2) Did you take them at the same time of day as when you took your Official GMAT?
3) Did you ever do ANYTHING during your CATs that you couldn't do on Test Day (pause the CAT, skip sections, take longer breaks, etc.)?
4) Did you ever take a CAT more than once? Had you seen any of the questions BEFORE (re: on a prior CAT, in an online forum or in a practice set)?

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Re: Tight timeline, inconsistent GMAT scores, breaking into 700+  [#permalink]

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New post 02 Sep 2018, 17:28
EMPOWERgmatRichC wrote:
Hi t3sttak3r1234,

I'm sorry to hear that Test Day didn't go as well as planned. When these types of score drops occur, the two likely "causes" involve either something that was unrealistic during practice or something that was surprising (or not accounted for) on Test Day. If you can answer a few questions, then we should be able to figure this out:

When you took your CATs:
1) Did you take the ENTIRE CAT each time (including the Essay and IR sections)?
2) Did you take them at the same time of day as when you took your Official GMAT?
3) Did you ever do ANYTHING during your CATs that you couldn't do on Test Day (pause the CAT, skip sections, take longer breaks, etc.)?
4) Did you ever take a CAT more than once? Had you seen any of the questions BEFORE (re: on a prior CAT, in an online forum or in a practice set)?

GMAT assassins aren't born, they're made,
Rich


I actually had a really bad day on the test day, I was a little sick, so I wasn't performing at the optimal condition.

1. The Economist GMAT practice exams do not have AWA/essay sections. But when I was taking the GMAT Prep ones, yes, I took the entire CAT each time.
2. About the same time of the day, +/- 2 hours
3. For 1-2 CATs, unfortunately, yes, but for the others, no.
4. No, I attempted once for the GMAT Prep 1 & 2.

Rich, do you have any advices for me? Given my situation, what can I do to improve my performance? Thanks!
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Re: Tight timeline, inconsistent GMAT scores, breaking into 700+  [#permalink]

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New post 03 Sep 2018, 14:05
Hi t3sttak3r1234,

From your prior post, there were some 'red flags' in terms of how you took your CATs. Before we discuss those issues though, I have a few additional questions about the lead-up to Test Day and Test Day itself:

1) What did you do in the 3 days before your GMAT?
2) How did you sleep the night before your Test?
3) How long was the ride to the Test Center from your home?
4) Were there any distractions at the facility or during the Test?
5) What did you do during the two 8-minute breaks?
6) Did you finish any sections early?
7) Did you have to rush to finish any sections (and guess on questions just to finish on time)?

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Re: Tight timeline, inconsistent GMAT scores, breaking into 700+  [#permalink]

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New post 03 Sep 2018, 14:32
Hi Rich,

1. I tried to relax and go through the practice questions that I got wrong. I did not take another CAT before the GMAT
2. I did not sleep well, thus, that's probably one of the reasons why I had a bad test day
3. It was supposed to be 30 minutes, max, but an unexpected downpour + thunderstorm flooded the roads and I was a lot more anxious, and I was rushing to the test center
4. No distractions, very professional and pleasant experience. I was probably too nervous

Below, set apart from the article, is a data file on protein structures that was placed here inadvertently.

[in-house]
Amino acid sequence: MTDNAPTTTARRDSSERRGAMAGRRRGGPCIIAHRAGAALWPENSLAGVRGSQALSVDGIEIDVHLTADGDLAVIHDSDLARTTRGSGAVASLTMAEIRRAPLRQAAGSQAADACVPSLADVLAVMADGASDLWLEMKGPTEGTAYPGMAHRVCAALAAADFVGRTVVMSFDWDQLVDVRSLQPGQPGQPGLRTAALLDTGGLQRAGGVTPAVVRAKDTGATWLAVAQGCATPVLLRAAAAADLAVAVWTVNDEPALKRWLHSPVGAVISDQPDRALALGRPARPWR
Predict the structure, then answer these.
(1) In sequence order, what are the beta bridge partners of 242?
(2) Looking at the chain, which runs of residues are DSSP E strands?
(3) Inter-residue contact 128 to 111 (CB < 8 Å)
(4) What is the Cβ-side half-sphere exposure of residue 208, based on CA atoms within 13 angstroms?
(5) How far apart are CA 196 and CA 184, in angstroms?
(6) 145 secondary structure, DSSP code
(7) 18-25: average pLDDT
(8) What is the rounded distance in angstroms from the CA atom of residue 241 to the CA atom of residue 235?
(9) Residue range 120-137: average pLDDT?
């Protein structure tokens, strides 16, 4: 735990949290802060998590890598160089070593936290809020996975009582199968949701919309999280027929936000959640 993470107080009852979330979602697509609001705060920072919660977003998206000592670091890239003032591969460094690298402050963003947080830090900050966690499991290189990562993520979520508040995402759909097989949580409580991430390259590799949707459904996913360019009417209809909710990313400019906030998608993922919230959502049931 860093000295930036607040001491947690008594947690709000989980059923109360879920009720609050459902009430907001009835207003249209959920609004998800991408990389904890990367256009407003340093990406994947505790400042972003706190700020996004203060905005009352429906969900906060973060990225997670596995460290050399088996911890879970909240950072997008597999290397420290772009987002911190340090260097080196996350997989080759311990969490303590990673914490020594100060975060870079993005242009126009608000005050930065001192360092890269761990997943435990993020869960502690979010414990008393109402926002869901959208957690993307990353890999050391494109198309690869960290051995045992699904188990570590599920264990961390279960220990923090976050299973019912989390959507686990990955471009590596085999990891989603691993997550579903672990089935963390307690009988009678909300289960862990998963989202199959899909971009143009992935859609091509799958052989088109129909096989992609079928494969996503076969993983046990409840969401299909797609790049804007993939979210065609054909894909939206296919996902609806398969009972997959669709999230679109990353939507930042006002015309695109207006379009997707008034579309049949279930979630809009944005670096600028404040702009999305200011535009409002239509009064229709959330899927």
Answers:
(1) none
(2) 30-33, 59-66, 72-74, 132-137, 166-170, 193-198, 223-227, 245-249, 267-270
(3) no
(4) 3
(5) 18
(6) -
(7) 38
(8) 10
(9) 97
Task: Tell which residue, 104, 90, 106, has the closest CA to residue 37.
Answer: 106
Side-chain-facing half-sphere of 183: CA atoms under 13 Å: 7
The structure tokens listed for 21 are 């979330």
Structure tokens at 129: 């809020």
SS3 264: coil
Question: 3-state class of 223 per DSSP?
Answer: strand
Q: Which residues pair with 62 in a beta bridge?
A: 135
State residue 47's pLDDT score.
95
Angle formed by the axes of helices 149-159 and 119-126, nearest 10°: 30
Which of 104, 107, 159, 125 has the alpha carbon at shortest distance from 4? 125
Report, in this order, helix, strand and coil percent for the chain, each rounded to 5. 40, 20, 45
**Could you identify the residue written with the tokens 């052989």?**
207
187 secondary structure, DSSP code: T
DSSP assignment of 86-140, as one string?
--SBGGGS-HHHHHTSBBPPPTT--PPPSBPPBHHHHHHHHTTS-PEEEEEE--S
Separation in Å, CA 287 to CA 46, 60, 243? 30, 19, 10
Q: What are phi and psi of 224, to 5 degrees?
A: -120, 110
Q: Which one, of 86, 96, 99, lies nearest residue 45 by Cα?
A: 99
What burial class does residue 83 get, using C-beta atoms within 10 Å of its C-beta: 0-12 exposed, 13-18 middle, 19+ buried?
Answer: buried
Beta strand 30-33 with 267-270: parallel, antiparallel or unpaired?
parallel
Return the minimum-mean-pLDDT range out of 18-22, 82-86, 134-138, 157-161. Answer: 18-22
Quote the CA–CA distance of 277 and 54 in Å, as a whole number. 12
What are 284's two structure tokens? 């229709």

5. I went to the bathroom, stretched a little bit, and went back in
6. No, in my practice tests, I felt like I scored lower in my verbal because I rushed through the verbal section and often ended sections too early. I ended up making some silly mistakes, so I decided to take a little bit more time
7. For Quant during the real test, yes. For the practice tests, I rushed in half of them and did not finish the Quant sections. But for the three latest practice tests (1 Economist, 2 GMAT Prep 1&2), I finished them and scored V46.

Here's a thought:
Would it be better to focus on my areas of weaknesses and just continuously do practice questions from the OG question bank (OG + verbal + quant)?
Or do you recommend another method, or tool? Is there a tool that would evaluate my areas of weaknesses and focus on those areas to improve?

Your advices are greatly appreciated. Happy to DM if it's more convenient. Thanks!
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Re: Tight timeline, inconsistent GMAT scores, breaking into 700+  [#permalink]

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New post 03 Sep 2018, 21:15
Hi t3sttak3r1234,

I've sent you a PM with some additional notes/suggestions about how to proceed.

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Re: Tight timeline, inconsistent GMAT scores, breaking into 700+  [#permalink]

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New post 05 Sep 2018, 09:07
Hi t3sttak3r1234,

I’m sorry to hear how things have been going with your GMAT. Since you have been studying for some time and scored 550 on your GMAT, you really need to look at HOW you have been preparing and potentially make some changes. Moving forward, you will want to follow a study plan that allows you to learn linearly, such that you can slowly build GMAT mastery of one topic prior to moving on to the next. Within each topic, begin with the foundations and progress toward more advanced concepts.

For example, if you are learning about Number Properties, you should develop as much conceptual knowledge about Number Properties as possible. In other words, your goal will be to completely understand properties of factorials, perfect squares, quadratic patterns, LCM, GCF, units digit patterns, divisibility, and remainders, to name a few concepts. After carefully reviewing the conceptual underpinnings of how to answer Number Properties questions, practice by answering 50 or more questions just from Number Properties. When you do dozens of questions of the same type one after the other, you learn just what it takes to get questions of that type correct consistently. If you aren't getting close to 90 percent of questions of a certain type correct, go back and seek to better understand how that type of question works, and then do more questions of that type until you get to around at least 90 percent accuracy in your training. If you get 100 percent of some sets correct, even better. Number Properties is just one example; follow this process for all quant topics.